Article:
Physicians say more than a fifth of all medical care is unnecessary
- A survey of 2,106 U.S. physicians found that, on average, they believe 20.6% of medical care is unnecessary, including 22% of prescriptions, 24.9% of tests and 11.1% of procedures.
- An overwhelming majority (84.7%) attributed overtreatment to fear of malpractice, according to the study in Plos One. Other oft-cited reasons were patient pressure (59%) and difficulty accessing medical records (38.2%).
- More than seven in 10 respondents said there is a chance profit encourages overtreatment, and most believed less fee-for-service reimbursement would reduce overutilization.
In addition to de-emphasizing fee-for-service payment, more than 55% of respondents said residents should be trained on appropriateness criteria and more than 50% said easier access to outside health records and more practice guidelines could reduce overtreatment.
The researchers said the fear of malpractice may be overblown, noting just 2-3% of patients injured through negligence take legal action. Paid claims have dropped by nearly half in the last decade, they add.
Future studies should focus on the most over-utilized tests and procedures by specialty, the researchers said.
The issues physicians cited run the gamut, but none are surprising. Efforts to address them have found various degrees of progress and of success.
Congress is currently busy putting out fires, but there is malpractice reform legislation in the works. In June, the House narrowly passed a law that would cap noneconomic damages in malpractice lawsuits at $250,000, and would limit fees lawyers can charge in these cases. It has the support of HHS Secretary Tom Price, who has stumped for malpractice law changes throughout his career.
Patients pressuring doctors into unneeded care could be addressed with better patient engagement and communication. A team of physicians focused on patient-centered care likely have a better shot at convincing someone the service they're requesting isn't necessary.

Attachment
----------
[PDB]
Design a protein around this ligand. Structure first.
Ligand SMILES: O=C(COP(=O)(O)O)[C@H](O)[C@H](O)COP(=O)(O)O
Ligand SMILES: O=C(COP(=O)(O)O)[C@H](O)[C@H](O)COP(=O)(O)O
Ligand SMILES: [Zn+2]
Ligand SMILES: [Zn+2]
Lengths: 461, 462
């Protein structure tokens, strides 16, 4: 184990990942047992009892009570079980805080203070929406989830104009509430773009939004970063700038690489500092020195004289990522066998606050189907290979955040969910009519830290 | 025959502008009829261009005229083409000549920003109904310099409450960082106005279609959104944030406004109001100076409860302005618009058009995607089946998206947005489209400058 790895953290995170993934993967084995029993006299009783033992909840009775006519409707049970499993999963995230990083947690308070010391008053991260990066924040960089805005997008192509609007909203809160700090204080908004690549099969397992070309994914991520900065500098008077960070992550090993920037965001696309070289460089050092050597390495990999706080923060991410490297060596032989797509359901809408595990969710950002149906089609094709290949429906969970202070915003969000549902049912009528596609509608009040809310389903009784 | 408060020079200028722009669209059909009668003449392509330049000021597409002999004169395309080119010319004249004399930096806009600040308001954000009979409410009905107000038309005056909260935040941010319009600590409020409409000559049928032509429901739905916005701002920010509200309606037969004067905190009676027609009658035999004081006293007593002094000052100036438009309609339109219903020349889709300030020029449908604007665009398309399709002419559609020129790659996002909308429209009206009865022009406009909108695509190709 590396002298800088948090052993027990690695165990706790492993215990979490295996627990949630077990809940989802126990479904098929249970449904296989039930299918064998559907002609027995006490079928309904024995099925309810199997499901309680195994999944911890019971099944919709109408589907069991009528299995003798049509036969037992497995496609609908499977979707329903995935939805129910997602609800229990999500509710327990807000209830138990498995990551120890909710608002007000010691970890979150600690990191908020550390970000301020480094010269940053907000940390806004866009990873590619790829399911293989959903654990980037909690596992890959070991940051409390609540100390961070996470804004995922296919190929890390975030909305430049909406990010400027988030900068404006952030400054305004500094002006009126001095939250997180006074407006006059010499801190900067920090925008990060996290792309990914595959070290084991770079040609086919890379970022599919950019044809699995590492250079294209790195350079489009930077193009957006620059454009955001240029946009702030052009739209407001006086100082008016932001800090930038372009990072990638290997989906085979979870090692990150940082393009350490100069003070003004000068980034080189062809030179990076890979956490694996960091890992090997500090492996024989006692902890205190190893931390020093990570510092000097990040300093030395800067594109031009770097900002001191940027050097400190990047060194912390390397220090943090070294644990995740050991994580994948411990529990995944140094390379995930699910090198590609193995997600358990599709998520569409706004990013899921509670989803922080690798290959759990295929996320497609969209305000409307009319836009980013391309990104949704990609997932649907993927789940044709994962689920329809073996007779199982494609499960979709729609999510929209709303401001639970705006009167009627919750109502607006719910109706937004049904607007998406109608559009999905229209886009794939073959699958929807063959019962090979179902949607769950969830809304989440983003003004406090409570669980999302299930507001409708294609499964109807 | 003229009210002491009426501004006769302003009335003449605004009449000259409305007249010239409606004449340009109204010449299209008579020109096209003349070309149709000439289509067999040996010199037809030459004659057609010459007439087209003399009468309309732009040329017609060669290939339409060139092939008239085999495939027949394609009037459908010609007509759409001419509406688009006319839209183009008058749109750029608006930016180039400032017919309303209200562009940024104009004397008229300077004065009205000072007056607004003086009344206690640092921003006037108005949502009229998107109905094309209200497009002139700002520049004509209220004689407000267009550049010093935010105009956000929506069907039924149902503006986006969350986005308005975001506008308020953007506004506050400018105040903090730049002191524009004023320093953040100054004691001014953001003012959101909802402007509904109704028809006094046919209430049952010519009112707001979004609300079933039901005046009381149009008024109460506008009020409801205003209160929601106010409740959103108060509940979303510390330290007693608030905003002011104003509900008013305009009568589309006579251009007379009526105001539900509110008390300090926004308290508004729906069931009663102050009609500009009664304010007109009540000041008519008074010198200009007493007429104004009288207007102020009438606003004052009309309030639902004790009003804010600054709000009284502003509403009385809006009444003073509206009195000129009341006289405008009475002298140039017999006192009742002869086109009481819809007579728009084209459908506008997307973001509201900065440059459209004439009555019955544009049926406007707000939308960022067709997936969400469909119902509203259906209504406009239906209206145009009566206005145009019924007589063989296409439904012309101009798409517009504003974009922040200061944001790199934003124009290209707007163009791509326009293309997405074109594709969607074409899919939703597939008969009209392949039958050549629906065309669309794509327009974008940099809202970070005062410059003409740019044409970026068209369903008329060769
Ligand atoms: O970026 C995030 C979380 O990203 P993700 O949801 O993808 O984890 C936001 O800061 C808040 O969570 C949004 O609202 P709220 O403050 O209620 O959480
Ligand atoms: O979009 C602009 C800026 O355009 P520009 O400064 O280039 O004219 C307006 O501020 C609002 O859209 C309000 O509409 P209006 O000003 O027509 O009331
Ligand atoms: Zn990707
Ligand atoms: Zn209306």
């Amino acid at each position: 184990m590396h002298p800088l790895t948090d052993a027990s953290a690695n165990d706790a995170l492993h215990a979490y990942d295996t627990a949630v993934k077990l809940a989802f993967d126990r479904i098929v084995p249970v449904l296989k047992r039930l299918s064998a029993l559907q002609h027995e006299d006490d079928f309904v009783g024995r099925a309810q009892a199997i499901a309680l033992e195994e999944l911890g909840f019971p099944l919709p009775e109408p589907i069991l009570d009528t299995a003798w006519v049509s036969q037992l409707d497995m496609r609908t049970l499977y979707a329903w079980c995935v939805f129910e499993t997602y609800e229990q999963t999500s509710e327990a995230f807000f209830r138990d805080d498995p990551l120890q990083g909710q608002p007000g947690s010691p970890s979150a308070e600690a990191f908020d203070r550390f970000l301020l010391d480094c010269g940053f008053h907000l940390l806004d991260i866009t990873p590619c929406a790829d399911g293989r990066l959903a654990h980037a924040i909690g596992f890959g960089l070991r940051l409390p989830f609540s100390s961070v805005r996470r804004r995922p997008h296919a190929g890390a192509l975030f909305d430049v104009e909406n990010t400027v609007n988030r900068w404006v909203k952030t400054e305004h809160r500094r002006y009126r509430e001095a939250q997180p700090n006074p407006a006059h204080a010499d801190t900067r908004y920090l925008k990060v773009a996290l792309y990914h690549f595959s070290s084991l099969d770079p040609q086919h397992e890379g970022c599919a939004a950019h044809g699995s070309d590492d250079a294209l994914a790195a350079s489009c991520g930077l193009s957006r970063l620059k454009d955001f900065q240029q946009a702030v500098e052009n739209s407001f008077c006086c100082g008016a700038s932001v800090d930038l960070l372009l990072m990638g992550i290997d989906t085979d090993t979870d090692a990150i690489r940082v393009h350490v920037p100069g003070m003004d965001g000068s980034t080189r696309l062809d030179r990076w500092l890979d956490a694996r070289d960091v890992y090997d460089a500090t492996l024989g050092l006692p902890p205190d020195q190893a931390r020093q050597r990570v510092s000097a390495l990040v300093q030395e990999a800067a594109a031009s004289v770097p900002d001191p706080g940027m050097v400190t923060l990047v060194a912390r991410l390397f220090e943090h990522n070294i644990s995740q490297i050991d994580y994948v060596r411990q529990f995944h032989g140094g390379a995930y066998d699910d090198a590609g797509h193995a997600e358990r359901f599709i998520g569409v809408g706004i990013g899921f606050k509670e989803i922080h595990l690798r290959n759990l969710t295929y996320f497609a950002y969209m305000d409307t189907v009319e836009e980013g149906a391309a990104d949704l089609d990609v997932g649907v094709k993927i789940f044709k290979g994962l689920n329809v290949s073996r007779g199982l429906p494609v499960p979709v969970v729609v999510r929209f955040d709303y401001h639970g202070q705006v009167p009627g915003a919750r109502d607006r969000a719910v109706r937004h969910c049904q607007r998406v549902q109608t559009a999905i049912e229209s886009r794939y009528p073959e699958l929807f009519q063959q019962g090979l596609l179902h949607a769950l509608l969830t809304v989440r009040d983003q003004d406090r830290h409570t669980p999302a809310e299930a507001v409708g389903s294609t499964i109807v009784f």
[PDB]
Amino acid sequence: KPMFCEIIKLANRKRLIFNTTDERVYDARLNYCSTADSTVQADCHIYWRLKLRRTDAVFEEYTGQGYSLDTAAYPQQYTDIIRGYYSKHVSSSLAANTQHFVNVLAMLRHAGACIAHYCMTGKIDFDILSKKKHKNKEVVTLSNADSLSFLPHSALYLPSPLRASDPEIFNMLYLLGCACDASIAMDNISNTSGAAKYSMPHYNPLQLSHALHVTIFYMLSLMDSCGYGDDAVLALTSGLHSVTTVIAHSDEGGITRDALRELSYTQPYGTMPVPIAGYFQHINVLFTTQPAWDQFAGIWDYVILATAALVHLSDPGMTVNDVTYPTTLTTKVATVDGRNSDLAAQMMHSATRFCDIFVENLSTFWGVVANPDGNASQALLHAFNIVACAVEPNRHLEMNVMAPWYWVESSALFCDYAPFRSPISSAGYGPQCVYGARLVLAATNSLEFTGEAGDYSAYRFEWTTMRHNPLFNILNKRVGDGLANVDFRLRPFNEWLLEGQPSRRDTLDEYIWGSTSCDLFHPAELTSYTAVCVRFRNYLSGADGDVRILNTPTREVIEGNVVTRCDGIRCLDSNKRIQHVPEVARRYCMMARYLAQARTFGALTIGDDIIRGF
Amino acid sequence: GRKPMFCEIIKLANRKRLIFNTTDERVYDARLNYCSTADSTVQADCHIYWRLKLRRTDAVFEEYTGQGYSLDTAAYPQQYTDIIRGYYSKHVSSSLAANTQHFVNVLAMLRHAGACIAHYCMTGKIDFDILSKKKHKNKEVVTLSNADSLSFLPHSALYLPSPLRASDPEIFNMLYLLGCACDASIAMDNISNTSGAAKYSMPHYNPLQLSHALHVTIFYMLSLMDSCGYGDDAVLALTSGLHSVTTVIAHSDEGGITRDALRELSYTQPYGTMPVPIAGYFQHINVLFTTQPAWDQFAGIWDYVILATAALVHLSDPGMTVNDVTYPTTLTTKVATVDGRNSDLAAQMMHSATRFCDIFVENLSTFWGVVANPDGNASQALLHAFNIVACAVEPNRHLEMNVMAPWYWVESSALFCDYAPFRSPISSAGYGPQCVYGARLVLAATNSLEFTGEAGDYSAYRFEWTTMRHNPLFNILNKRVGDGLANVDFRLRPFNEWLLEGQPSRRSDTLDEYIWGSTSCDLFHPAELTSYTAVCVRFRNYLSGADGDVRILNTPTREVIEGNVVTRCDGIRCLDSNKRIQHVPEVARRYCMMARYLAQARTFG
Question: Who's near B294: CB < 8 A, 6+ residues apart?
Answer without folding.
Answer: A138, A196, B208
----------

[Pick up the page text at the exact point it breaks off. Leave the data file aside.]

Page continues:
A particular word that springs to mind in considering difficulty doctors have in accessing patient records is interoperability. Some providers have to use more than one EHR system, and others are on outdated platforms. Many EHR vendors recognize interoperability that would make patient records easily available to providers as an area for improvement in their products.
Physicians ordered more than $9,500 in tests and treatments per person in the U.S. in 2014, according to the CMS. Total spending increased 5.3% from 2013, fueled in part by “therapeutic illusion” — the tendency for physicians to overprescribe treatments they deem effective.
Efforts to limit unnecessary medical care, such as the Choosing Wisely Campaign, have been hampered by the phenomenon, in which doctors overestimate the effects of their actions, according to an article published last year in the New England Journal of Medicine.
In 2015, a public-private partnership in California formed to help tackle the country’s $200 billion medical waste problem. Called Smart Care California, the coalition is initially focused on reducing elective cesarean sections, opioid use and overtreatment of patients with lower back pain. It serves more than 15 million patients in the state.
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